Thanks for your comments. Regarding your questions...

What do you mean by "anhedral trim scheme"?

This is the design of the aircraft enabling proper forces (moments) from the tail plane to cause to wings AOA to change and stabilize at a given angle of attack, dependent on many factors including CG, airspeed, and Center of Lift. Anhederal trim is not an often-used term, but it is important in the design of all aircraft.

What does "kinesthetic" mean in this context?

In this context, it is the effectiveness of the aircraft giving the pilot a "seat-of-the-pants" feeling of control authority. Some aircraft (for instance) have immediate pitch change upon application of stick, while others have a lumbering feeling or are heavy on the controls. Adding a time delay means that the pilot needs to learn to wait, and without any stall recovery experience, that automatic kinesthetic experience in not available.
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Old 15th Jun 2011, 12:45
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THS the stall

Lazerdog, quote:
"Would full forward side-stick have caused immediate stall recovery, or would the PF have to wait until the THS auto-trim caught up with nose-down trim?"

hris Scott
Short answer is: don't know. But I think we can expect that the AoA would have started to reduce immediately. Unless the THS motor stalled, which would be unlikely at such a low airspeed (low loading), the THS would have started moving immediately.
Again the question on what ground this believe on THS authority is founded.
The aircraft was in a stall with an AOA of around 60°. If this AOA applies to the aircraft cell, it applies as well to the two airfoils of the aircraft, the wings and the THS with minor offsets.

What AOA did the THS have during the fall from FL380? Aircraft AOA of 60° minus the 13.5° noseup trim of the THS, which gives us a THS AOA of 46.5, right? (I disregard the effect of curvature of the THS, dont know how that changes my assumption).
What kind of airfoil is working at that AOA and with what kind of outcome? If we trim the THS to full ND as necessary for recovery, the THS AOA even increases to 63.5° AOA plus the profile change due to elevator deflection.

See that nice picture in post 1817 from mm43. Just move the depicted angels to the THS!

What kind of miracle airfoil is there on the THS of the Bus? To bring the nose down its not enough to produce drag at the tail, you need a functioning (unstalled) airfoil producing lift (in this case downward ).

Remember also, the liftvector of an airfoil points basically perpendicular to its chordline, not to the relative wind. So even if the THS produced any measurable amount of lift, the main part of it would not have pointed in the desired direction.

IMHO Elevator ND or trimming the THS down, after this high AOA of 60° was established, only increased the drag of the tailplane but had no permanent effect to get the nose down to the horizon and to increase the speed as necessary.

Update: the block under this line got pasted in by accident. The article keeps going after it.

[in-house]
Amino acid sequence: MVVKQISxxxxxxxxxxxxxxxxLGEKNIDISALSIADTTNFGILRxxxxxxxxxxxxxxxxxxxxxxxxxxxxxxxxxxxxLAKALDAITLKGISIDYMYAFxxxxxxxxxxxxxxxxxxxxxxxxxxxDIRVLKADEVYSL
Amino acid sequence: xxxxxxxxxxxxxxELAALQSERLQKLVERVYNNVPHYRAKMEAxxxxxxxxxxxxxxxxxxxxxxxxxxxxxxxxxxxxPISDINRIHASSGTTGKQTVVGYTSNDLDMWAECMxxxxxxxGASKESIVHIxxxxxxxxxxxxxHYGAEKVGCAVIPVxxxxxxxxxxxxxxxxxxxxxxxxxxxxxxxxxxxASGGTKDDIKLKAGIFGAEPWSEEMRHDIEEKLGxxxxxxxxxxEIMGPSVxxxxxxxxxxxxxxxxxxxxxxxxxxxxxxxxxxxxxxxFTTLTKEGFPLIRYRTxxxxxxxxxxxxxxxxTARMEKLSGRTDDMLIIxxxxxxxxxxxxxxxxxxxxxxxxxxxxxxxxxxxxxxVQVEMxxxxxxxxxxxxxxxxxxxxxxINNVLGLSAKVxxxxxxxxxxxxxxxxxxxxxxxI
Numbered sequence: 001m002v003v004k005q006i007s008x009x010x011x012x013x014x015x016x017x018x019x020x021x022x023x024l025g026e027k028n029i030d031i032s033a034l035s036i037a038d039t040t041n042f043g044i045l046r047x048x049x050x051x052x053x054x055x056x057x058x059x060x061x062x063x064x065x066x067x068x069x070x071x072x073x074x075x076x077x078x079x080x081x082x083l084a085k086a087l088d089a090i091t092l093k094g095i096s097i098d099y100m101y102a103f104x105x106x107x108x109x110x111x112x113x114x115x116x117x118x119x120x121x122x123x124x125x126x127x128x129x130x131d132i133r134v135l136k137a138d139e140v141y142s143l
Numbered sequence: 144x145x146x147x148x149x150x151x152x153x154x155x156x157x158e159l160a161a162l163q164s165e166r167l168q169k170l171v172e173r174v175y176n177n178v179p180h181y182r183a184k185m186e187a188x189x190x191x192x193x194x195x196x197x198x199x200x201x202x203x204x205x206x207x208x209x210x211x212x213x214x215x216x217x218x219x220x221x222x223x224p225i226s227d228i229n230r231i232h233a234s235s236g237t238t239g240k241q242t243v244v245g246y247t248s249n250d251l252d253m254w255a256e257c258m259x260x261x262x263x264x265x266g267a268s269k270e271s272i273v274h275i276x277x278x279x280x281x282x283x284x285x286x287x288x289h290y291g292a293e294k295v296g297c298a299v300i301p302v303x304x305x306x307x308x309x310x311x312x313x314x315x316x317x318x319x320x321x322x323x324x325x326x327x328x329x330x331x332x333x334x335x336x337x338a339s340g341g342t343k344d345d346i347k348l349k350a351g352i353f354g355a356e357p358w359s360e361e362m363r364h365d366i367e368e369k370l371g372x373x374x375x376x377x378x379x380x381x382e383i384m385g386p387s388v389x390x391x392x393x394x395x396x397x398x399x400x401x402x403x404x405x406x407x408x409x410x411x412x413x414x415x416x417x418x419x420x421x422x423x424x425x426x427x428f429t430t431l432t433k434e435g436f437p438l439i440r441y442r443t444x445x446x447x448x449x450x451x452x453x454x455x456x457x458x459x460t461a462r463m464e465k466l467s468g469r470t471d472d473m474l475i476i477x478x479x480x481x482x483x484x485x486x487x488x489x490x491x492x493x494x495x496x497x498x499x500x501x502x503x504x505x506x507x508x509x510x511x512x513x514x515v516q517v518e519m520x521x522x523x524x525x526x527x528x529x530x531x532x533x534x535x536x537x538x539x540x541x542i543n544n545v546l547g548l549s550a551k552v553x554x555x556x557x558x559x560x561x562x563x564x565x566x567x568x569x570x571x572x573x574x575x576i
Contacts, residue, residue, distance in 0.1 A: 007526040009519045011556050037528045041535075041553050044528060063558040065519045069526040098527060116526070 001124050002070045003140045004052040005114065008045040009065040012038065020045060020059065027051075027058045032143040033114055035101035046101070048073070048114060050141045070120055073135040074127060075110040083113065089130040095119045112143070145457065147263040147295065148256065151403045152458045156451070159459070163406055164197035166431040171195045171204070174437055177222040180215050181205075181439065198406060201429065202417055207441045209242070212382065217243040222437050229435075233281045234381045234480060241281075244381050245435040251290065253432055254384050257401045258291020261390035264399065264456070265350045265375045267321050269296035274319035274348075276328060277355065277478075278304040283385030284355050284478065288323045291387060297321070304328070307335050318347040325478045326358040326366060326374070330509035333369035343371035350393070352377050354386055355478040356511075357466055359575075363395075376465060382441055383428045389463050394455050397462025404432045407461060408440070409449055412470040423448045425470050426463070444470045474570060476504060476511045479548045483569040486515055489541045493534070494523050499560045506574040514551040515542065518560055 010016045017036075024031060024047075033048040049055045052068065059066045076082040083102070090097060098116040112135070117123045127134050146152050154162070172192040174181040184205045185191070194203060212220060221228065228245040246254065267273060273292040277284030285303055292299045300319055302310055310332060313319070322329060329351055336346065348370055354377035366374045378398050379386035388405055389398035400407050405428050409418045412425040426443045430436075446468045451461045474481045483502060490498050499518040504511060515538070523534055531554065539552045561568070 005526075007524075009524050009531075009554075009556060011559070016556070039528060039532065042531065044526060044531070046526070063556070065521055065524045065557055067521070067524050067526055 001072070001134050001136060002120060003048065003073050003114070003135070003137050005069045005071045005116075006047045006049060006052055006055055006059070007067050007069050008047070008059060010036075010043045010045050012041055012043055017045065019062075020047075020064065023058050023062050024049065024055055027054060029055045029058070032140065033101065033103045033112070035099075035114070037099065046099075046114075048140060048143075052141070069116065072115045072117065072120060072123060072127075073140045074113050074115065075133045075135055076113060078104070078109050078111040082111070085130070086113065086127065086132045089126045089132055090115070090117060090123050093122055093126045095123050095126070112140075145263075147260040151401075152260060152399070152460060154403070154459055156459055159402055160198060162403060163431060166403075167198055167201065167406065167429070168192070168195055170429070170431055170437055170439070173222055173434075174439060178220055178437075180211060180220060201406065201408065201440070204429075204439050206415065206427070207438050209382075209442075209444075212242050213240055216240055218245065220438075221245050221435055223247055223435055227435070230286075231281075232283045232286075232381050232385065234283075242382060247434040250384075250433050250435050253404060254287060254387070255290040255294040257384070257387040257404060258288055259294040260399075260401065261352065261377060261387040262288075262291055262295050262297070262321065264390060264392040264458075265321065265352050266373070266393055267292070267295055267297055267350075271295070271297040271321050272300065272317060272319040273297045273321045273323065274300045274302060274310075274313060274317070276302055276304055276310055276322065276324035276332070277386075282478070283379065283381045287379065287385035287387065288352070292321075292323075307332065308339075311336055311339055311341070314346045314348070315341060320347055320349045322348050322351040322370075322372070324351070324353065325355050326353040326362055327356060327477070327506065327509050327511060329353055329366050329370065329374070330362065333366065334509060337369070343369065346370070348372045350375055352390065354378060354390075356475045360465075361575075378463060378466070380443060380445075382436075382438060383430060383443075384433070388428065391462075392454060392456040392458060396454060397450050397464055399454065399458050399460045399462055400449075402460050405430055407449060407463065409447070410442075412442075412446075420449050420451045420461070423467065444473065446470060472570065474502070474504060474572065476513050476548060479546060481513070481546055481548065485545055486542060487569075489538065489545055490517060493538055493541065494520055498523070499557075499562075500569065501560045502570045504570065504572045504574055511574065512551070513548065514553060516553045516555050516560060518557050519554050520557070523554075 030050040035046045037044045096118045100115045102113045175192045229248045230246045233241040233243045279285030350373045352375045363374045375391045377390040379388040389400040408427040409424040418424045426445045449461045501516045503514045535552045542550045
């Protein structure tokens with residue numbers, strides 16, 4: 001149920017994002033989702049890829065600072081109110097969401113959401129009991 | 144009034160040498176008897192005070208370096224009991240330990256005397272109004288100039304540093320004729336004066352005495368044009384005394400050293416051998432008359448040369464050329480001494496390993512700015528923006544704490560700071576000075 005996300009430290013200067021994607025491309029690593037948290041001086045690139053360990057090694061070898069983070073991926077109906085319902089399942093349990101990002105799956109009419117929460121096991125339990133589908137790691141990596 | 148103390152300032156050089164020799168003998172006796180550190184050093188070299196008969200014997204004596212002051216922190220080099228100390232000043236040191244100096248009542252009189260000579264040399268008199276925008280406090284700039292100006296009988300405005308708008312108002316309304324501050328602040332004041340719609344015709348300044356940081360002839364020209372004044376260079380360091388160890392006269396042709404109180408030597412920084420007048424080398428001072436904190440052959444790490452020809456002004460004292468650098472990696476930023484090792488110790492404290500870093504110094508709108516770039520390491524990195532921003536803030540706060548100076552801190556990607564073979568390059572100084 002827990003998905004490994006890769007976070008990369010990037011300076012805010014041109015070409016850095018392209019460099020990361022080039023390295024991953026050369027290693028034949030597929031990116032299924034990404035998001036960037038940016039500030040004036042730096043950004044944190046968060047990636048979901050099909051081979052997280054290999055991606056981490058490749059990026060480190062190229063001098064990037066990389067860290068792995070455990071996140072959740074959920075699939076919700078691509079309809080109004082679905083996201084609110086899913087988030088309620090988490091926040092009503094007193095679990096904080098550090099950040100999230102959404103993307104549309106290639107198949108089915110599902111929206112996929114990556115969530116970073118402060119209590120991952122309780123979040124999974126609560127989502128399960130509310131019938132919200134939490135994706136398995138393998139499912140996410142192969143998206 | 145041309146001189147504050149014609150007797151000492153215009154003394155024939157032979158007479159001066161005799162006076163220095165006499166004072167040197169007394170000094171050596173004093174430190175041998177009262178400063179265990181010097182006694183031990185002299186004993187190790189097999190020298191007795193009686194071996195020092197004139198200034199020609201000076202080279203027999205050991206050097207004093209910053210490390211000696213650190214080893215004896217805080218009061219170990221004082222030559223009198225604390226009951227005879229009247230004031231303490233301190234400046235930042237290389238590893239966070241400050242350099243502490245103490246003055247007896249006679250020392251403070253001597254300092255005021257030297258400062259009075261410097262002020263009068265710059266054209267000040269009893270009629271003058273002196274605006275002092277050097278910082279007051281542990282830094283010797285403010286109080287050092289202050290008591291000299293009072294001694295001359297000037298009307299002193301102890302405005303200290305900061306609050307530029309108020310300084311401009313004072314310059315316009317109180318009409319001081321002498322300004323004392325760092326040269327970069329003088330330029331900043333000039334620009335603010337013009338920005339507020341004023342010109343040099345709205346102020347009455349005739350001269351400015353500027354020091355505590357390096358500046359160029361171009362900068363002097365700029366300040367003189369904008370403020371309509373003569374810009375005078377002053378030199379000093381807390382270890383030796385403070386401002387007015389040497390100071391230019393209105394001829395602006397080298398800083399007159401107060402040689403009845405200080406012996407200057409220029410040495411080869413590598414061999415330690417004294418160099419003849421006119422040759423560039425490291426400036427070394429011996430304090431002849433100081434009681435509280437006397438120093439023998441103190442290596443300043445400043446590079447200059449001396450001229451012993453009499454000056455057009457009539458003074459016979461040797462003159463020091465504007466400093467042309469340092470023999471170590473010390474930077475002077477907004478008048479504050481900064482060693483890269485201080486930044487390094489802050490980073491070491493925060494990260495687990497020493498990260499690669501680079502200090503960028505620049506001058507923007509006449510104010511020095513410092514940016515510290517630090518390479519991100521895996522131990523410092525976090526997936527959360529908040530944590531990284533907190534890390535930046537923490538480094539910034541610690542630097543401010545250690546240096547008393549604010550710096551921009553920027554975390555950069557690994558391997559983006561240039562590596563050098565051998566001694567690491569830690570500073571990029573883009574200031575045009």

Whereas stick NU decreased the AOA on the THS below 46.5° , reducing drag and causing some feedback to the crew (noseup input brings the nose somewhat up, but nosedown input doesn´t change anything). That would also explain the noseup input in the final moments.

I might well be wrong, just tell me where!

Last edited by RetiredF4; 15th Jun 2011 at 13:13.
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Old 15th Jun 2011, 13:04
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With the engines at flight idle, what propels the plane forward? A fully stalled wing does not provide any forward planing. Therefore, I maintain their trajectory was near vertical, and not recoverable by movement of the controls.
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Old 15th Jun 2011, 13:17
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Augmented special (APU) turbine

Hi,

Therefore, I maintain their trajectory was near vertical, and not recoverable by movement of the controls.
Question:

Suppose an APU turbine with afterburner; Suppose it´s nozzle pointed 45° down.

How many pounds of thrust you typically need to "restore pitch" in order to start flying again in this class of a/c? To "restore a decent AoA"

A drag chute is unthinkable in an airliner. An special APU may save?

Just a theoretical question!

Last edited by Jetdriver; 15th Jun 2011 at 18:52.
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Old 15th Jun 2011, 13:20
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Infreq:
Having read the article "Can airliners recover from a stall" I was astonished to read this extract, also from the same poster who has clearly been there, done it and got a cupboard full of tee shirts:

"Normal 'full back stick' stall testing is done with idle thrust, and stabiliser trim trimmed for Vs+10, and a controlled deceleration at 1Kt/sec until stall occurs. 747FOCAL's and my definition of a 'wind up' stall may differ, but for deliberate efforts to enter the deep stall, large UP stabiliser trim was used with large thrust settings to gain high pitch attitudes just pre-stall, and then chopping the thrust and rapidly applying full UP elevator. Disneyland offers no more exciting ride."
The actions described in the last sentence to induce a deep stall seem to be taken close to verbatim from the recent BEA report. Frightening